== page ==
- Ignore sample height variations
- Correct known sample displacements in the analysis software
- Add a standard with known thermal expansion to the unknown sample
- Use parallel beam geometry instead of Bragg-Brentano geometry
- Actively correct sample displacement during measurement
The first two options are not satisfactory for studies of temperature-induced structural changes, while the third can cause unwanted reactions.
The next method (shown at the right) is the use of parallel beam geometry instead of Bragg-Brentano. Although parallel beam geometry is insensitive to peak shifts resulting from sample displacements it does have several disadvantages: it places a higher demand on the size and random orientation of the grains; it cannot be combined with a line detector and is therefore much slower; and good angular resolution is difficult to obtain.
Parallel beam geometry: a change in height causes the diffracted beam to pass through another part of the collimator. The angle, however, stays unchanged.
Instrumentation and method
Non-ambient XRD experiments were conducted using the X’Pert3 Powder diffractometer equipped with an Anton Paar HTK 1200N chamber on a motorized z-stage.
Diffractograms on alumina powder, from room temperature to 1200 °C were recorded. Three configurations were used:
- Bragg-Brentano para-focusing geometry: no active compensation
- Parallel beam geometry: no active compensation
- Bragg-Brentano para-focusing geometry: active compensation
In the Bragg-Brentano geometry, a line detector (X’Celerator) was used. Scan range, step size and total scan time are given in the table.
The solution: Active height compensation
Active correction of sample displacement during measurement is a novel method for tackling thermal expansion of sample holders. By using the automatic height compensation mechanism, the height of the sample can be corrected automatically when the temperature is varied. As a result, a fast line detector can be used. This delivers results more than ten times faster than the best that can be achieved using parallel beam geometry, with much better resolution.
The effectiveness of the automatic height compensation mechanism for non-ambient XRD experimentation has been tested experimentally.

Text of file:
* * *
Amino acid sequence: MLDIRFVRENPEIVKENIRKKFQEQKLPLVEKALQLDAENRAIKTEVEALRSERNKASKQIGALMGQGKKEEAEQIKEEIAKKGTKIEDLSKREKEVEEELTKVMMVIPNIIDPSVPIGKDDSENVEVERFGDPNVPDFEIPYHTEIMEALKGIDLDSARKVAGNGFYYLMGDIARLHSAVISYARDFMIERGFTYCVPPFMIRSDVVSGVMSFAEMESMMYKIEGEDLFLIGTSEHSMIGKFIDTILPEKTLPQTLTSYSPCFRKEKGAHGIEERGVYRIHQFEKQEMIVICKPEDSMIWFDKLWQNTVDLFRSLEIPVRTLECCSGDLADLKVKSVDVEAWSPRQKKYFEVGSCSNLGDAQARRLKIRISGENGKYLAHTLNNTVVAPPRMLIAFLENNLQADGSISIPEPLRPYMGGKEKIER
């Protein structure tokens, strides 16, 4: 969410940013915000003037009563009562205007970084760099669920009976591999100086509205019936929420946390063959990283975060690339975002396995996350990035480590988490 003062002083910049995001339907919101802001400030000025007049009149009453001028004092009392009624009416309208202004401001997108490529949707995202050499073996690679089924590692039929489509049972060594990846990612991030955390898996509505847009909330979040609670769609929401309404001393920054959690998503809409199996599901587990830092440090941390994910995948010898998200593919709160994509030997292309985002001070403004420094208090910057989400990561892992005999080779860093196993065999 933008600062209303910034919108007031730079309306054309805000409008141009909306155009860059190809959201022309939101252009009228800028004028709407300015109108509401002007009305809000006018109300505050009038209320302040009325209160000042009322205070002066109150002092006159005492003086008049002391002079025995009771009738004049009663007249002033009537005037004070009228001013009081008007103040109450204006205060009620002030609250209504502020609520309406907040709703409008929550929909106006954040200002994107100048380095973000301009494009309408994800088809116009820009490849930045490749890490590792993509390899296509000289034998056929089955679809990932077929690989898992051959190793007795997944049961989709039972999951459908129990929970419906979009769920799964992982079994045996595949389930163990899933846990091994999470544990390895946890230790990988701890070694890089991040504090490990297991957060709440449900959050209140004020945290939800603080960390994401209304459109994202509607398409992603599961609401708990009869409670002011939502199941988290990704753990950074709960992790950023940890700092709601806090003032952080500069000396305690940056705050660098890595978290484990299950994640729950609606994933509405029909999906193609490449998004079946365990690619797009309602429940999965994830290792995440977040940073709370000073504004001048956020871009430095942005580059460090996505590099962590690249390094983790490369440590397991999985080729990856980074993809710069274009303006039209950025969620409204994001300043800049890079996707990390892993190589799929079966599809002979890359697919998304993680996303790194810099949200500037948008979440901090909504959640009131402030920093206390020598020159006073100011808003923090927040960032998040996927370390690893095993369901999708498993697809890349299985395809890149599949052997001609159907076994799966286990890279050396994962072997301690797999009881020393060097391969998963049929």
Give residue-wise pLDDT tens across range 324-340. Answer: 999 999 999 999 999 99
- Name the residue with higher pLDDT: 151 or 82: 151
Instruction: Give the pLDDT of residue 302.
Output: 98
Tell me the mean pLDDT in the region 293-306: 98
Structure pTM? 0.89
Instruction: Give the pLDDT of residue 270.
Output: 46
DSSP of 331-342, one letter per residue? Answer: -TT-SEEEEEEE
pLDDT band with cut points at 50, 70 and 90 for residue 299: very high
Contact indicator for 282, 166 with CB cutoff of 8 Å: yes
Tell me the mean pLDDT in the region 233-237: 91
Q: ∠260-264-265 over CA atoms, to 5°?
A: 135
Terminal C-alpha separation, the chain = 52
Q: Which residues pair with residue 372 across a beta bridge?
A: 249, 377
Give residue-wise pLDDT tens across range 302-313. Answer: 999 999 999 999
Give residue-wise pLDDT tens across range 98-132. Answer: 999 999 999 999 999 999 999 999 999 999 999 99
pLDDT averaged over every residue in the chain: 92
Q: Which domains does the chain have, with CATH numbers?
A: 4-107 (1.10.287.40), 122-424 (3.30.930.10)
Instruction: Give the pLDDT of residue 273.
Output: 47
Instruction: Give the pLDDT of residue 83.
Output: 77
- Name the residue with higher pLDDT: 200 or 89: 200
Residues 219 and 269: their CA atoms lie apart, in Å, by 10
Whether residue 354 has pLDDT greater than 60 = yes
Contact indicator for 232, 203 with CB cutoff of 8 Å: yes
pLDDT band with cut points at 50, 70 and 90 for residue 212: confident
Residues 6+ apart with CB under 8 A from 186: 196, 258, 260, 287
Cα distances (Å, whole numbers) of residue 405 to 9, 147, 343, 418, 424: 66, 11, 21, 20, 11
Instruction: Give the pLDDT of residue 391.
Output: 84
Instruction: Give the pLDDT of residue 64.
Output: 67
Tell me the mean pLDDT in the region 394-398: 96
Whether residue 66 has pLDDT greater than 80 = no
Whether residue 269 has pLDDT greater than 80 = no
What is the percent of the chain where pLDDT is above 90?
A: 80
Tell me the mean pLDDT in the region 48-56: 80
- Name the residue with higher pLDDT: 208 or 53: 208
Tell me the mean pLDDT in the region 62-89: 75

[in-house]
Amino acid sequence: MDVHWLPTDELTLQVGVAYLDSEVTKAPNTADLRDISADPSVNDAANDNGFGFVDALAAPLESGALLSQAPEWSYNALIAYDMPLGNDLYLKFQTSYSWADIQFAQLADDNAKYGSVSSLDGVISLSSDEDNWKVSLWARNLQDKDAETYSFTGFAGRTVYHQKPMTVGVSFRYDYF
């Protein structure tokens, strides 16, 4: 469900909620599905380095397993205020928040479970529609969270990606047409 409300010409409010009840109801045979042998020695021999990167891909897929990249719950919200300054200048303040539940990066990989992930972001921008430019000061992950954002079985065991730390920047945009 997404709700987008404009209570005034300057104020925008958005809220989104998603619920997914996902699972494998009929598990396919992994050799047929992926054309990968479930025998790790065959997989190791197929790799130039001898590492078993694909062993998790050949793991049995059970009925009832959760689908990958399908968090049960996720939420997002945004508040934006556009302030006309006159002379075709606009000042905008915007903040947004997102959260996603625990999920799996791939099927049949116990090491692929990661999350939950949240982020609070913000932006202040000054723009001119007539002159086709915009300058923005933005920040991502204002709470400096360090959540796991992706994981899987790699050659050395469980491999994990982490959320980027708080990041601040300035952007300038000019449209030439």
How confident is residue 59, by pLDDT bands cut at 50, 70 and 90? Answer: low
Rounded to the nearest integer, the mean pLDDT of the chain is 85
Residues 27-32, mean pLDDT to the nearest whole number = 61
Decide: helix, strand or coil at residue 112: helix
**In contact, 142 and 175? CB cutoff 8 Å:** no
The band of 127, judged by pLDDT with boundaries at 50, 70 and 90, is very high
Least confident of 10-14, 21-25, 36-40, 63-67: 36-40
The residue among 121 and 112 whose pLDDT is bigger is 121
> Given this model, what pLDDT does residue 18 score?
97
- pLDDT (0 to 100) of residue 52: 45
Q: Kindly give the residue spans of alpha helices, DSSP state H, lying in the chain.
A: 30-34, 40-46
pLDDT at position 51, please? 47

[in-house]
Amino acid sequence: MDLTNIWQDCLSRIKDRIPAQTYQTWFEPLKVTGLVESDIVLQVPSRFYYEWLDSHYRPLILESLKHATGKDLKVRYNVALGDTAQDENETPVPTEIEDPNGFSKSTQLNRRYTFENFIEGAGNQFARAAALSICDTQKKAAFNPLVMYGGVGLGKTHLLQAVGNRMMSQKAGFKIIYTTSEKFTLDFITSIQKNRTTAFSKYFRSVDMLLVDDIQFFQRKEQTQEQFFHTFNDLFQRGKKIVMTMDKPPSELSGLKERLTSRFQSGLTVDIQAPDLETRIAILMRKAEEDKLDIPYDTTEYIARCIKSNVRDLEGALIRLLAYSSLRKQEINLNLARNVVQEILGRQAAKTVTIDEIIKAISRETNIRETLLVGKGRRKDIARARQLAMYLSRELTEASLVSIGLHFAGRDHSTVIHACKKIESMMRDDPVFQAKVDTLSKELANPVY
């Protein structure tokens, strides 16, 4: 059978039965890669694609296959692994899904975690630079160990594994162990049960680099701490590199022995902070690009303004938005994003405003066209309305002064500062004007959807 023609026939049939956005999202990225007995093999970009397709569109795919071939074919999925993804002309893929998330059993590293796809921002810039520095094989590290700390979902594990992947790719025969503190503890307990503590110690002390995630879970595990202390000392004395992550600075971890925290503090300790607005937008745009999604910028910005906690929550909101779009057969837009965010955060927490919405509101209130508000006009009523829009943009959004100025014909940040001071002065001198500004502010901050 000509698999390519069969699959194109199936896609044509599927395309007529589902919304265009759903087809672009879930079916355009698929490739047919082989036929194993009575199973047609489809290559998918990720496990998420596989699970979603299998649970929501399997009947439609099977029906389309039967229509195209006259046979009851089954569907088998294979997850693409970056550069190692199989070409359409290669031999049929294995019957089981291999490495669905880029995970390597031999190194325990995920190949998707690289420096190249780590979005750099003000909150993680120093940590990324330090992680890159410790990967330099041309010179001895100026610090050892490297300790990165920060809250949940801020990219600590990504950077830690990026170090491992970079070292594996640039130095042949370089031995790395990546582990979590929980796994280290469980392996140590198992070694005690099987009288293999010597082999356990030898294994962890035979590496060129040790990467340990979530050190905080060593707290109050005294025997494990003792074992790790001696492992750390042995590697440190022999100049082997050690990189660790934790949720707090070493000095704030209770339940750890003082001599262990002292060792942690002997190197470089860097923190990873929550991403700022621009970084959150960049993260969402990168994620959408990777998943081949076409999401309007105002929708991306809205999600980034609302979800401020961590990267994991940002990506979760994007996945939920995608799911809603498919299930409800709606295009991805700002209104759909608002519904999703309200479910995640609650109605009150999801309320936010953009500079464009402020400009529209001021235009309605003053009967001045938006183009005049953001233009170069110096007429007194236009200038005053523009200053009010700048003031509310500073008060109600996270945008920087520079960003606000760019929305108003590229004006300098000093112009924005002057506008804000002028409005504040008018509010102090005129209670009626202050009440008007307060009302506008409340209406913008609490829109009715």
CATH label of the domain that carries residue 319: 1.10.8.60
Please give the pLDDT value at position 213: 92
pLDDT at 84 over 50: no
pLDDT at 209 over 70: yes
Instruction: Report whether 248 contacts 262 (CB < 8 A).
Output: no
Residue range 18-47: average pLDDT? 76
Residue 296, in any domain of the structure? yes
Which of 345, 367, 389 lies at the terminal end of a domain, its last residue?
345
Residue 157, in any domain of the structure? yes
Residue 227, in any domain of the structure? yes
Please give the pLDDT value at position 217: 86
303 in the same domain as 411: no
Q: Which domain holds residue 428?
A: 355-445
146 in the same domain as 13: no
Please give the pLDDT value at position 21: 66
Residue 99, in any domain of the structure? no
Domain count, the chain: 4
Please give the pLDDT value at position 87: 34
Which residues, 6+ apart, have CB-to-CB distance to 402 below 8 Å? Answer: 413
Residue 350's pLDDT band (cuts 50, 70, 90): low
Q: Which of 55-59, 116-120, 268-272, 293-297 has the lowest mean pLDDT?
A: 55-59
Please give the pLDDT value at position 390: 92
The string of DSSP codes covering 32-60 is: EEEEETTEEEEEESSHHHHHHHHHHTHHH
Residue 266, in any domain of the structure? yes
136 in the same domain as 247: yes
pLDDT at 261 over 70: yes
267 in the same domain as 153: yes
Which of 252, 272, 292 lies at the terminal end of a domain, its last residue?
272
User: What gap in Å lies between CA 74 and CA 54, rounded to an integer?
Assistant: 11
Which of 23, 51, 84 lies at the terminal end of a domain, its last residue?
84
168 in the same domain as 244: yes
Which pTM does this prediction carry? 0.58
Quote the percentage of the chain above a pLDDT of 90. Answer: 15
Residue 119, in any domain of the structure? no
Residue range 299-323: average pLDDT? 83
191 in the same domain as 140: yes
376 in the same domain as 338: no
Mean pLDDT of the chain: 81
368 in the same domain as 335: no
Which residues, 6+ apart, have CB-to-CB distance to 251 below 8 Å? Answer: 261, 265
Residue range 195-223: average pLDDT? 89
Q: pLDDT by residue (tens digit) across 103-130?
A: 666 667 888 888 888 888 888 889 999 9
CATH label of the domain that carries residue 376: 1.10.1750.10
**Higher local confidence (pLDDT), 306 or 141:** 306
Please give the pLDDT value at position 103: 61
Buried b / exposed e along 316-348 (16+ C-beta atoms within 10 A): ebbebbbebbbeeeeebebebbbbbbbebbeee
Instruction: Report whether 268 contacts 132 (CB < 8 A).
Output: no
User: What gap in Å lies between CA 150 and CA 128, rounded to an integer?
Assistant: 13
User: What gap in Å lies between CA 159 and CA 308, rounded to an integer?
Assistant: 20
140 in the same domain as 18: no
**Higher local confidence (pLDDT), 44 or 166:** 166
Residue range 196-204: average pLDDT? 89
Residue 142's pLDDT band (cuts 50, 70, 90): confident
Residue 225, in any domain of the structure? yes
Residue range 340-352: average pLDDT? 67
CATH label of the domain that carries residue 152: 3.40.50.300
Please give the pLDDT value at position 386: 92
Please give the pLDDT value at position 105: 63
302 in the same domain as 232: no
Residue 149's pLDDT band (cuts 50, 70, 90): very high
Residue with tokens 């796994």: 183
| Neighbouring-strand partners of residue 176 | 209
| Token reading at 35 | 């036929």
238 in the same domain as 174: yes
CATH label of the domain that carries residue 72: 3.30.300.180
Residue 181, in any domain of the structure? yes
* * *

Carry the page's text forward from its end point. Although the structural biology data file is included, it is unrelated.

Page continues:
The X-ray diffraction experiments were performed on an X’Pert3 Powder system equipped with the Anton Paar HTK1200 non-ambient chamber on a motorized z-stage.
This figure shows the peak shift as a function of the temperature. The total shift, however, is a combination of lattice expansion and sample holder expansion.
With parallel beam geometry, the second cause of the shift (sample holder expansion) is intrinsically absent. The peak shift is now much larger, and shows that in the previous figure, the two effects were partially cancelling each other. In other words: with parallel beam geometry one can see the lattice expansion directly.
Note however, that the data collection time has increased with a factor of 10, when compared to the previous figure. Furthermore resolution is greatly reduced because the contributions from the individual Cu Kα1 and Kα2 lines are no longer visible. By using Bragg-Brentano para-focusing geometry together with the Automatic Height Compensator, one gets the best of both: high-speed data collection and good peak resolution are now combined with accurate peak position
This figure shows a comparison of the peak positions obtained in the diffractograms using all three configurations. It clearly demonstrates that Bragg-Brentano para-focusing geometry, together with the height compensator, eliminates the sample displacement effect.
With the automatic height compensation mechanism the sample displacement effect can be eliminated allowing accurate data to be obtained using Bragg-Brentano geometry. This is achieved in a shorter time and with higher angular resolution than with parallel beam geometry. Automatic height compensation is therefore an invaluable tool for non-ambient XRD applications.